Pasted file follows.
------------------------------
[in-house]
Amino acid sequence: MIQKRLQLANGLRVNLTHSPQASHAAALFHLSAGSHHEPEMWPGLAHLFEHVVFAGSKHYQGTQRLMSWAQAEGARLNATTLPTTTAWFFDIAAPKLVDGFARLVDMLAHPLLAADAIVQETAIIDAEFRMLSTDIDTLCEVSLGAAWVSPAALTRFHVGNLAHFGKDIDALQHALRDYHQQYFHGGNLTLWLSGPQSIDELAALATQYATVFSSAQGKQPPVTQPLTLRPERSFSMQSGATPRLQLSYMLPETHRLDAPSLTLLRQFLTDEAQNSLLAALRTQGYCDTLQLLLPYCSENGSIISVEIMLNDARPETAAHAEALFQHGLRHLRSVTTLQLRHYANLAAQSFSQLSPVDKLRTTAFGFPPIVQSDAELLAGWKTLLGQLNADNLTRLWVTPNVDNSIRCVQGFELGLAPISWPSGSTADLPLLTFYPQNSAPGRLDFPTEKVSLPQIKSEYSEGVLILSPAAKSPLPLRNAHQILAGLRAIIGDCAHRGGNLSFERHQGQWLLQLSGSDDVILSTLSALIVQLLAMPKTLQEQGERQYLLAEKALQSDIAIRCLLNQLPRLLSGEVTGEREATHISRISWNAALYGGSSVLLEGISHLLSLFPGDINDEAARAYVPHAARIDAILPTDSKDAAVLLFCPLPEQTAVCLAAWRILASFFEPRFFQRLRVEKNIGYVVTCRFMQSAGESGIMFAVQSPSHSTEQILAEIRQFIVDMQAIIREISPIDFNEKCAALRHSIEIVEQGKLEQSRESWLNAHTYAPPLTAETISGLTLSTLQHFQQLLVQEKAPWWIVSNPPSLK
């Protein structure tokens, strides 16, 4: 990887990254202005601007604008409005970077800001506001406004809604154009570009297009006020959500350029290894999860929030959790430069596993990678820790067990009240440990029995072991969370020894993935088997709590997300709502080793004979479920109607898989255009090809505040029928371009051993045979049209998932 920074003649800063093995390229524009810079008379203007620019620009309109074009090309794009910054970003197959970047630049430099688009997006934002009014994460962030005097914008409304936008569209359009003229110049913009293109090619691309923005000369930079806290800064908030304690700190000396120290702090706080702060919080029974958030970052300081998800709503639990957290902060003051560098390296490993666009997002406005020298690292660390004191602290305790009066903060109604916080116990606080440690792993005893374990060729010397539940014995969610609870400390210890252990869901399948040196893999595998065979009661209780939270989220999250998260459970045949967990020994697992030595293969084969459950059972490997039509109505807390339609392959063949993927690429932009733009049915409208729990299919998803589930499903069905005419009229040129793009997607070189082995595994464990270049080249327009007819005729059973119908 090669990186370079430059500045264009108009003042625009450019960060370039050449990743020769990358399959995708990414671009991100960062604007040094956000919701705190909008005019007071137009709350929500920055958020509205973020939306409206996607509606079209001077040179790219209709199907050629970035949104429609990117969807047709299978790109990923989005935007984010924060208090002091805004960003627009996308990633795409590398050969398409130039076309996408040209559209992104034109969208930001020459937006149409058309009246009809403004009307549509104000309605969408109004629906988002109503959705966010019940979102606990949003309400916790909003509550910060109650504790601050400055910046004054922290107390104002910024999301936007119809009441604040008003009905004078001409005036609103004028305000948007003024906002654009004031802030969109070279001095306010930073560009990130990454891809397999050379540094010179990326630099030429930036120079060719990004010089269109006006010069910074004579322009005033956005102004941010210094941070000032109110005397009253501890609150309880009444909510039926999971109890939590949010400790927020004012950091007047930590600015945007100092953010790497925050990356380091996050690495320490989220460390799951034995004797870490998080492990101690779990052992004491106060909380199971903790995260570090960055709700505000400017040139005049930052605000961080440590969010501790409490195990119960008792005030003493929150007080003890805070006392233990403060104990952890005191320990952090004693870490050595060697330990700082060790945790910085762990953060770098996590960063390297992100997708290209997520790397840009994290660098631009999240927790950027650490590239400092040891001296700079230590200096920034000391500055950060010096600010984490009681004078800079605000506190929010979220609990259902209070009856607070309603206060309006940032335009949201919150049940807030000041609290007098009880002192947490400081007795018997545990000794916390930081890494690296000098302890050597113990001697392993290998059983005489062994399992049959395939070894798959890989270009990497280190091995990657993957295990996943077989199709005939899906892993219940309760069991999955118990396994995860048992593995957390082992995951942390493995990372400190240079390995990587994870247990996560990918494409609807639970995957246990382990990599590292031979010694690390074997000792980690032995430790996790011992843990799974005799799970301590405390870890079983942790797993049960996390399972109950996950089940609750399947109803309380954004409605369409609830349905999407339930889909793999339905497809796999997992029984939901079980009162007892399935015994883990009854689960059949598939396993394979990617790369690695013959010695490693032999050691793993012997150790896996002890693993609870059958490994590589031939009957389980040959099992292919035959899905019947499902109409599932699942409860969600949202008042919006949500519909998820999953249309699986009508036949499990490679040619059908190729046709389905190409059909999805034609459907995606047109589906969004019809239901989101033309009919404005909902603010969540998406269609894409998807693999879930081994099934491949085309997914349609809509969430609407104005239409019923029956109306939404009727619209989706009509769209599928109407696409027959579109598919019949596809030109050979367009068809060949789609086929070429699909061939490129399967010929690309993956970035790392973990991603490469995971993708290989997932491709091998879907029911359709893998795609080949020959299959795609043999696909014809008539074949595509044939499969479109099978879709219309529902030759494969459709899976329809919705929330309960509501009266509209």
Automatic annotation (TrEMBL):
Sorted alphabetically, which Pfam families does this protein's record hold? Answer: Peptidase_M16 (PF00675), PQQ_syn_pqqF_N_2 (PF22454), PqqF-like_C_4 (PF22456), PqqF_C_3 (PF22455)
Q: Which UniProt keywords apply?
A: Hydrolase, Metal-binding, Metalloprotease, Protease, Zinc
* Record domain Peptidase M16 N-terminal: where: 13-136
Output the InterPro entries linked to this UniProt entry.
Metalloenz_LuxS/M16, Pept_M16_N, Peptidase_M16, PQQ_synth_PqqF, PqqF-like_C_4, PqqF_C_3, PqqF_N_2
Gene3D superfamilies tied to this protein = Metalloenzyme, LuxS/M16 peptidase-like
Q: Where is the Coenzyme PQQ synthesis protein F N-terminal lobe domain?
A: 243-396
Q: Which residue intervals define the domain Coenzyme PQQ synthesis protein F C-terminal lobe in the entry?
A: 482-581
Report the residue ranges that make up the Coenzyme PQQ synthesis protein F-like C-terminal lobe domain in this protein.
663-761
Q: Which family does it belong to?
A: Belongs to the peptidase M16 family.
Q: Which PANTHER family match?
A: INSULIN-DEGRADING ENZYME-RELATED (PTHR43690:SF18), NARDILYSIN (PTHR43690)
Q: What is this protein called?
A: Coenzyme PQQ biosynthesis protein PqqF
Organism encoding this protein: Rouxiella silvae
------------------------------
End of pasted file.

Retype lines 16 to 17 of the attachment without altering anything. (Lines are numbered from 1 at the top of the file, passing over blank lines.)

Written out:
Report the residue ranges that make up the Coenzyme PQQ synthesis protein F-like C-terminal lobe domain in this protein.
663-761